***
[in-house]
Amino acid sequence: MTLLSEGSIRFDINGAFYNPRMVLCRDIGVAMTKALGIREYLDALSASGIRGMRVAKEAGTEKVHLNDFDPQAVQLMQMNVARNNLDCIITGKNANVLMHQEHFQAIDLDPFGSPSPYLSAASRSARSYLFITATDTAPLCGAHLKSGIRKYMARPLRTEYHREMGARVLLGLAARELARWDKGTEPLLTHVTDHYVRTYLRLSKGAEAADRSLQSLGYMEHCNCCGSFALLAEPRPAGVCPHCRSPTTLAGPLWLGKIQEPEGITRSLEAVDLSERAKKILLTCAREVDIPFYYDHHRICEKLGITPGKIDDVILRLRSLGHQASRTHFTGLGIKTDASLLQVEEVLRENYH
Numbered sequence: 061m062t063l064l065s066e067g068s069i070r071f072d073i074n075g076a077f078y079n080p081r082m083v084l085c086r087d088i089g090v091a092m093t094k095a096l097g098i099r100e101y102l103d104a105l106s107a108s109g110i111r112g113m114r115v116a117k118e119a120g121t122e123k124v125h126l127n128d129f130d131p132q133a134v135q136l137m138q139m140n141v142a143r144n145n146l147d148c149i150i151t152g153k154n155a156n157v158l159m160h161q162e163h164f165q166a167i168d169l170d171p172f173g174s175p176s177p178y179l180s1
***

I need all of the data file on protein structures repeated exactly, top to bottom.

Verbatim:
[in-house]
Amino acid sequence: MTLLSEGSIRFDINGAFYNPRMVLCRDIGVAMTKALGIREYLDALSASGIRGMRVAKEAGTEKVHLNDFDPQAVQLMQMNVARNNLDCIITGKNANVLMHQEHFQAIDLDPFGSPSPYLSAASRSARSYLFITATDTAPLCGAHLKSGIRKYMARPLRTEYHREMGARVLLGLAARELARWDKGTEPLLTHVTDHYVRTYLRLSKGAEAADRSLQSLGYMEHCNCCGSFALLAEPRPAGVCPHCRSPTTLAGPLWLGKIQEPEGITRSLEAVDLSERAKKILLTCAREVDIPFYYDHHRICEKLGITPGKIDDVILRLRSLGHQASRTHFTGLGIKTDASLLQVEEVLRENYH
Numbered sequence: 061m062t063l064l065s066e067g068s069i070r071f072d073i074n075g076a077f078y079n080p081r082m083v084l085c086r087d088i089g090v091a092m093t094k095a096l097g098i099r100e101y102l103d104a105l106s107a108s109g110i111r112g113m114r115v116a117k118e119a120g121t122e123k124v125h126l127n128d129f130d131p132q133a134v135q136l137m138q139m140n141v142a143r144n145n146l147d148c149i150i151t152g153k154n155a156n157v158l159m160h161q162e163h164f165q166a167i168d169l170d171p172f173g174s175p176s177p178y179l180s1